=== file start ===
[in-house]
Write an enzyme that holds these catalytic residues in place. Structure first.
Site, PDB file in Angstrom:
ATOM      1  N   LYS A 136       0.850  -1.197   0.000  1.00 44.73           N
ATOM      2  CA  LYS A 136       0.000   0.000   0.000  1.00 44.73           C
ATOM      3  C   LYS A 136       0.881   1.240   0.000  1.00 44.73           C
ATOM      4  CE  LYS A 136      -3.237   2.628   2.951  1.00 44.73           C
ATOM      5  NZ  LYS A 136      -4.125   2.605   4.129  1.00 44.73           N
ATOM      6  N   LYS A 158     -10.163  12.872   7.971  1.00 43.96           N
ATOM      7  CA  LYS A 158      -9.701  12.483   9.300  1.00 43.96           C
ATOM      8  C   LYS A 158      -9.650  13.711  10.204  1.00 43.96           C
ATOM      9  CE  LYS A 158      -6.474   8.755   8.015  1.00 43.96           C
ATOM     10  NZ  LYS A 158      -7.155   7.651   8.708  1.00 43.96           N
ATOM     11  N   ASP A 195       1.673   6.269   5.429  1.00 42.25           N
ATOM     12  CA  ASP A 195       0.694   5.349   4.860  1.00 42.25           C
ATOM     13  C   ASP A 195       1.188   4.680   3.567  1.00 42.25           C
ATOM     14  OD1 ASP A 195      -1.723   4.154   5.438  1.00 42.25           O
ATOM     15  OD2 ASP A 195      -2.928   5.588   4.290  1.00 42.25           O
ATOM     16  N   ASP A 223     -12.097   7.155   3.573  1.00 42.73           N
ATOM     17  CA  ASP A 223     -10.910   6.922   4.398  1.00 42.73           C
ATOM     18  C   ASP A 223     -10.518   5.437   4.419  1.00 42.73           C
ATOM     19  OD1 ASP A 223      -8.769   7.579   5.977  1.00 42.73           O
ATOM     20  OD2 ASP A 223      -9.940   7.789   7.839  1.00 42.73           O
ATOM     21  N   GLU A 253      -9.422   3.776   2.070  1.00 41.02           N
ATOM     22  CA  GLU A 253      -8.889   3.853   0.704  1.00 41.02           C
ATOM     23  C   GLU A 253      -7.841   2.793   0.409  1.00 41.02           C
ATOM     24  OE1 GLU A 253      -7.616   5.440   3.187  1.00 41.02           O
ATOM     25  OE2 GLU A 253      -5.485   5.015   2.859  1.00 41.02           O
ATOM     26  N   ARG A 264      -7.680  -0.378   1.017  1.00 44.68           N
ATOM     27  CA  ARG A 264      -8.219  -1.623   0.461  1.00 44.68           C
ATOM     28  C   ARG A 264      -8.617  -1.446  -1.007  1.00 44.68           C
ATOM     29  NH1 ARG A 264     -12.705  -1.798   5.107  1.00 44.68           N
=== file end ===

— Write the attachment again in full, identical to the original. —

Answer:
[in-house]
Write an enzyme that holds these catalytic residues in place. Structure first.
Site, PDB file in Angstrom:
ATOM      1  N   LYS A 136       0.850  -1.197   0.000  1.00 44.73           N
ATOM      2  CA  LYS A 136       0.000   0.000   0.000  1.00 44.73           C
ATOM      3  C   LYS A 136       0.881   1.240   0.000  1.00 44.73           C
ATOM      4  CE  LYS A 136      -3.237   2.628   2.951  1.00 44.73           C
ATOM      5  NZ  LYS A 136      -4.125   2.605   4.129  1.00 44.73           N
ATOM      6  N   LYS A 158     -10.163  12.872   7.971  1.00 43.96           N
ATOM      7  CA  LYS A 158      -9.701  12.483   9.300  1.00 43.96           C
ATOM      8  C   LYS A 158      -9.650  13.711  10.204  1.00 43.96           C
ATOM      9  CE  LYS A 158      -6.474   8.755   8.015  1.00 43.96           C
ATOM     10  NZ  LYS A 158      -7.155   7.651   8.708  1.00 43.96           N
ATOM     11  N   ASP A 195       1.673   6.269   5.429  1.00 42.25           N
ATOM     12  CA  ASP A 195       0.694   5.349   4.860  1.00 42.25           C
ATOM     13  C   ASP A 195       1.188   4.680   3.567  1.00 42.25           C
ATOM     14  OD1 ASP A 195      -1.723   4.154   5.438  1.00 42.25           O
ATOM     15  OD2 ASP A 195      -2.928   5.588   4.290  1.00 42.25           O
ATOM     16  N   ASP A 223     -12.097   7.155   3.573  1.00 42.73           N
ATOM     17  CA  ASP A 223     -10.910   6.922   4.398  1.00 42.73           C
ATOM     18  C   ASP A 223     -10.518   5.437   4.419  1.00 42.73           C
ATOM     19  OD1 ASP A 223      -8.769   7.579   5.977  1.00 42.73           O
ATOM     20  OD2 ASP A 223      -9.940   7.789   7.839  1.00 42.73           O
ATOM     21  N   GLU A 253      -9.422   3.776   2.070  1.00 41.02           N
ATOM     22  CA  GLU A 253      -8.889   3.853   0.704  1.00 41.02           C
ATOM     23  C   GLU A 253      -7.841   2.793   0.409  1.00 41.02           C
ATOM     24  OE1 GLU A 253      -7.616   5.440   3.187  1.00 41.02           O
ATOM     25  OE2 GLU A 253      -5.485   5.015   2.859  1.00 41.02           O
ATOM     26  N   ARG A 264      -7.680  -0.378   1.017  1.00 44.68           N
ATOM     27  CA  ARG A 264      -8.219  -1.623   0.461  1.00 44.68           C
ATOM     28  C   ARG A 264      -8.617  -1.446  -1.007  1.00 44.68           C
ATOM     29  NH1 ARG A 264     -12.705  -1.798   5.107  1.00 44.68           N